Tuesday, May 18, 2010
BBA #41: Whole Wheat Bread
I was so excited when I saw that there was a whole wheat bread at the end of The Bread Baker's Apprentice Challenge. 100% whole wheat is our sandwich bread of choice around here, and although the light wheat bread and the multi-grain extraordinaire were both good sandwich breads, I was hoping to find one that was more similar to what we usually eat . . . especially for the little guy, who will not eat any bread that I bake. He will only eat one specific brand's 100% whole wheat bread. That's it. Try to sneak in another kind, even one that looks the same, and he will take one bite and then say, "This isn't my favorite bread! I don't like this bread!"
But as people started completing the Challenge, I read nothing but horror stories about this bread. Sally from Bewitching Kitchen said that it competed with 100% sourdough rye for last place in the Challenge. Oggi from I Can Do That called it a "total fail." Phyl at Of Cabbages & King Cakes called it "meh" and didn't even bother to take a picture of the final loaf. Sadness.
Because of the consistent bad reviews, I took a few more liberties with this recipe than I normally do. The first change I made was to make half a recipe, not wanting to have two loaves of bread that were only good enough for ducks.
Last night, I made a soaker; Peter Reinhart calls for coarse whole-wheat flour or other coarsely ground whole grains. I decided to use a 5-grain cereal I had in the cupboard, which has wheat, rye, oats, barley, and flax. I soaked the cereal in water and left it overnight.
At the same time, I prepared a whole-wheat poolish, using some high-protein whole wheat flour, instant yeast, water, and a little kick of vital wheat gluten. Instead of refrigerating it overnight, I simply left it on the counter.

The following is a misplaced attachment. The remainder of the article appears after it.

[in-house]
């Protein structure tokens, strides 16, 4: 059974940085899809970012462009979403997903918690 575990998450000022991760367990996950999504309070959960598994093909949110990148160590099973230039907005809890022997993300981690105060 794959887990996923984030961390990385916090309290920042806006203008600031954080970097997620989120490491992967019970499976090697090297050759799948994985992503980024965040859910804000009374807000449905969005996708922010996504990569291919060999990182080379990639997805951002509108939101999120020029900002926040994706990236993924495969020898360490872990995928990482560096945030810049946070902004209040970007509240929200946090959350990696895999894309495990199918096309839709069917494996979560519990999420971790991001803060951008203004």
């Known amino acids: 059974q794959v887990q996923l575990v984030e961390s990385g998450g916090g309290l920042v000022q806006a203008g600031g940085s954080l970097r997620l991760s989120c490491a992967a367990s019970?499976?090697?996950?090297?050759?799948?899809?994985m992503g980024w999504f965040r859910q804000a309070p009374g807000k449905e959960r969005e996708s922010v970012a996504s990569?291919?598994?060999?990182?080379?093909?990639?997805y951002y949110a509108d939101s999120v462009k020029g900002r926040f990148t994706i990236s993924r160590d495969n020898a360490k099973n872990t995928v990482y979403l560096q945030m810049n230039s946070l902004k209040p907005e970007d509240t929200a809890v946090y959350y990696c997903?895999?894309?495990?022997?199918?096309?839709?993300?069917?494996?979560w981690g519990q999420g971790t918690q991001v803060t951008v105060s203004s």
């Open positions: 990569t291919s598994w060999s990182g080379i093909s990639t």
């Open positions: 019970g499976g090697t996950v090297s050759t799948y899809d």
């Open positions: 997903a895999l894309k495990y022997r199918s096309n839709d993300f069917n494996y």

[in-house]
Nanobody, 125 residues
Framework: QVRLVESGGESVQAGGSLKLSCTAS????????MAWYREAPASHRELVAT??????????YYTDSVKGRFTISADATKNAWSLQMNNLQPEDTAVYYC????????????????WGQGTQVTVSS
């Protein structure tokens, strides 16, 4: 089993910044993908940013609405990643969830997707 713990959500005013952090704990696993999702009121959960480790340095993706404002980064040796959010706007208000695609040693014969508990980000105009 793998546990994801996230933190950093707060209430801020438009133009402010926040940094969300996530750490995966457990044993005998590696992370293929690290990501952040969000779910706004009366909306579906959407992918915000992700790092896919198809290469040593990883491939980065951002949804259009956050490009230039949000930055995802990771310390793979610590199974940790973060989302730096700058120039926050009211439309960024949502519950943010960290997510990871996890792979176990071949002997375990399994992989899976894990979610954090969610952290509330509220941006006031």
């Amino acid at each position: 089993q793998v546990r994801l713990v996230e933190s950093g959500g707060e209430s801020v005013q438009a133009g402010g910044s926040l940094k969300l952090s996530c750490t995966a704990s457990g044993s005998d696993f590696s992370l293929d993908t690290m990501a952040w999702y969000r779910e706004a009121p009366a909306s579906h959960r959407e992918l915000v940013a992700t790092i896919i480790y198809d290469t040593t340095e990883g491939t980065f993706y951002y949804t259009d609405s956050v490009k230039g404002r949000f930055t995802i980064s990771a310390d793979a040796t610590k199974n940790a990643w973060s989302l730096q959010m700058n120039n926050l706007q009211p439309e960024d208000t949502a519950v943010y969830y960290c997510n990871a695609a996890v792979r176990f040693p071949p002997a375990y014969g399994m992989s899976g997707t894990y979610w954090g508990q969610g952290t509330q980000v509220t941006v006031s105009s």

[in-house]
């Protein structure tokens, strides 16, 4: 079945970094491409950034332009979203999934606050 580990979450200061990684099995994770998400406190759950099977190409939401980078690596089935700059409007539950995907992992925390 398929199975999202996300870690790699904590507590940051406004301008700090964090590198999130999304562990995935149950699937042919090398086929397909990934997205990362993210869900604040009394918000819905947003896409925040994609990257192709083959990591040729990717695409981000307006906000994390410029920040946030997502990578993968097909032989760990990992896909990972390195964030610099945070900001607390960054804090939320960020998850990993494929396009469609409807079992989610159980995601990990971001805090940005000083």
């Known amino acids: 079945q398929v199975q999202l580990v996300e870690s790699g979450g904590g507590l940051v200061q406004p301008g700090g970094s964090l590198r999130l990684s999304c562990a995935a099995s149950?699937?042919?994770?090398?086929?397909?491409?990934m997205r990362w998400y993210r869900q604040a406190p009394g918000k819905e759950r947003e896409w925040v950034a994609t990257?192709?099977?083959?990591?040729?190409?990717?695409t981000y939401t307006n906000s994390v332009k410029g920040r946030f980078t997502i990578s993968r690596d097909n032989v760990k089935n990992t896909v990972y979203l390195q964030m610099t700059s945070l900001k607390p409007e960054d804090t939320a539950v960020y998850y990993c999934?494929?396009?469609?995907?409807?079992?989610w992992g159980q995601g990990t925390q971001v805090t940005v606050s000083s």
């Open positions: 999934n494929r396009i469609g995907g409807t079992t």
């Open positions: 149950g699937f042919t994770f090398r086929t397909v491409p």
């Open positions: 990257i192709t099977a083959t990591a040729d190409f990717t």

This morning, I mixed the soaker, the poolish, more whole wheat flour, a bit more vital wheat gluten, salt, instant yeast, honey, and the optional egg and vegetable oil. The dough came together easily. After about five minutes of kneading in my stand mixer, it was a little tacky and felt perfect.
It doubled in about an hour and a half, so I formed it into a sandwich loaf and stuck it in my 8x4 loaf pan. It again rose faster than expected (about an hour), and I put it into the oven.
Hubby pulled it out of the oven at exactly 45 minutes, and the internal temperature was already above 200 F, so it probably could've come out five minutes earlier. Then he brushed it with butter.
The verdict? Not outstanding, for sure, and not even close to one of the best breads I've made so far . . . but it's not even close to the worst either. It's definitely comparable to the store-bought stuff and pretty tasty with a smear of butter. We'll see if the little guy will eat it! If so, I can see making it again. If not, I'll put it in the maybe column and stick to Mags' oatmeal bread for the hubby and me.
UPDATE: Well, the little guy happily ate half of his sandwich. Did he not eat the other half because he wasn't hungry anymore or because he figured out that this wasn't truly his bagged stuff from the grocery store? I guess I'll have to make it again to find out because the rest of the loaf disappeared at dinner last night.